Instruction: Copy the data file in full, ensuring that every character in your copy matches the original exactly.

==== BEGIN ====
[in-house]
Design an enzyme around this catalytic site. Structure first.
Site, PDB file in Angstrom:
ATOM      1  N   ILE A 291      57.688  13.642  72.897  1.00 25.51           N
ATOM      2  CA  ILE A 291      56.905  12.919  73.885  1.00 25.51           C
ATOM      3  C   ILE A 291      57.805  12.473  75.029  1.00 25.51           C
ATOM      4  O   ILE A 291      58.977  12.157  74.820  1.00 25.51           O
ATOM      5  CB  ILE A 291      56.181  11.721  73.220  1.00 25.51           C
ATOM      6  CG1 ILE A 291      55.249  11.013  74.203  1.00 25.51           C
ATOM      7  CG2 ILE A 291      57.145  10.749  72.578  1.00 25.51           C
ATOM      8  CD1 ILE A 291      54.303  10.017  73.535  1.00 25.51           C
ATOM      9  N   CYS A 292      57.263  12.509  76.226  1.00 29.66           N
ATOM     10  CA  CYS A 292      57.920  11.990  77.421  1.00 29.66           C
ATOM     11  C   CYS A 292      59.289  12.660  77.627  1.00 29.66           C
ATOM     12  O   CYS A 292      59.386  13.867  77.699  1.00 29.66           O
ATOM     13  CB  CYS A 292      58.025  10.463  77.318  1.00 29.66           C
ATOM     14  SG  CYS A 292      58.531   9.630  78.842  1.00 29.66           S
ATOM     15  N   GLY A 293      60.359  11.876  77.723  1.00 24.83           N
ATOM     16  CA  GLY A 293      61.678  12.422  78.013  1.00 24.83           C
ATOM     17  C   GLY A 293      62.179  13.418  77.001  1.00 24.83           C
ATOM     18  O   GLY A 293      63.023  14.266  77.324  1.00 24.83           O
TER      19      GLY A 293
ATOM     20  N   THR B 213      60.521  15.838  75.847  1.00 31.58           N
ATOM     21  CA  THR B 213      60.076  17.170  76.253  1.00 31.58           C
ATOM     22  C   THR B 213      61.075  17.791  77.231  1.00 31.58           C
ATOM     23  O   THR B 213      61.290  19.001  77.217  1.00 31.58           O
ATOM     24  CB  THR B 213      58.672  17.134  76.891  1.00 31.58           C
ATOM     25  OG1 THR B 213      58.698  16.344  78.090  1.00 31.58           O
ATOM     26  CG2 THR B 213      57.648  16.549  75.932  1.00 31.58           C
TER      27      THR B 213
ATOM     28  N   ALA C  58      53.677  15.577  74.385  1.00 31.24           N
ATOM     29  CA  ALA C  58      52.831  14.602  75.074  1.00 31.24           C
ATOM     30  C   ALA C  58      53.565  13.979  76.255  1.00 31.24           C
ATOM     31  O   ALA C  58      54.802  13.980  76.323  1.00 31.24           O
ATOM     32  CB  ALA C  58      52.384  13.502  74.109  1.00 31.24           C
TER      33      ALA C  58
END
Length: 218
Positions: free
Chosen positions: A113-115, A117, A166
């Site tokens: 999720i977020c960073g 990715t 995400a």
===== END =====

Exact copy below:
[in-house]
Design an enzyme around this catalytic site. Structure first.
Site, PDB file in Angstrom:
ATOM      1  N   ILE A 291      57.688  13.642  72.897  1.00 25.51           N
ATOM      2  CA  ILE A 291      56.905  12.919  73.885  1.00 25.51           C
ATOM      3  C   ILE A 291      57.805  12.473  75.029  1.00 25.51           C
ATOM      4  O   ILE A 291      58.977  12.157  74.820  1.00 25.51           O
ATOM      5  CB  ILE A 291      56.181  11.721  73.220  1.00 25.51           C
ATOM      6  CG1 ILE A 291      55.249  11.013  74.203  1.00 25.51           C
ATOM      7  CG2 ILE A 291      57.145  10.749  72.578  1.00 25.51           C
ATOM      8  CD1 ILE A 291      54.303  10.017  73.535  1.00 25.51           C
ATOM      9  N   CYS A 292      57.263  12.509  76.226  1.00 29.66           N
ATOM     10  CA  CYS A 292      57.920  11.990  77.421  1.00 29.66           C
ATOM     11  C   CYS A 292      59.289  12.660  77.627  1.00 29.66           C
ATOM     12  O   CYS A 292      59.386  13.867  77.699  1.00 29.66           O
ATOM     13  CB  CYS A 292      58.025  10.463  77.318  1.00 29.66           C
ATOM     14  SG  CYS A 292      58.531   9.630  78.842  1.00 29.66           S
ATOM     15  N   GLY A 293      60.359  11.876  77.723  1.00 24.83           N
ATOM     16  CA  GLY A 293      61.678  12.422  78.013  1.00 24.83           C
ATOM     17  C   GLY A 293      62.179  13.418  77.001  1.00 24.83           C
ATOM     18  O   GLY A 293      63.023  14.266  77.324  1.00 24.83           O
TER      19      GLY A 293
ATOM     20  N   THR B 213      60.521  15.838  75.847  1.00 31.58           N
ATOM     21  CA  THR B 213      60.076  17.170  76.253  1.00 31.58           C
ATOM     22  C   THR B 213      61.075  17.791  77.231  1.00 31.58           C
ATOM     23  O   THR B 213      61.290  19.001  77.217  1.00 31.58           O
ATOM     24  CB  THR B 213      58.672  17.134  76.891  1.00 31.58           C
ATOM     25  OG1 THR B 213      58.698  16.344  78.090  1.00 31.58           O
ATOM     26  CG2 THR B 213      57.648  16.549  75.932  1.00 31.58           C
TER      27      THR B 213
ATOM     28  N   ALA C  58      53.677  15.577  74.385  1.00 31.24           N
ATOM     29  CA  ALA C  58      52.831  14.602  75.074  1.00 31.24           C
ATOM     30  C   ALA C  58      53.565  13.979  76.255  1.00 31.24           C
ATOM     31  O   ALA C  58      54.802  13.980  76.323  1.00 31.24           O
ATOM     32  CB  ALA C  58      52.384  13.502  74.109  1.00 31.24           C
TER      33      ALA C  58
END
Length: 218
Positions: free
Chosen positions: A113-115, A117, A166
């Site tokens: 999720i977020c960073g 990715t 995400a």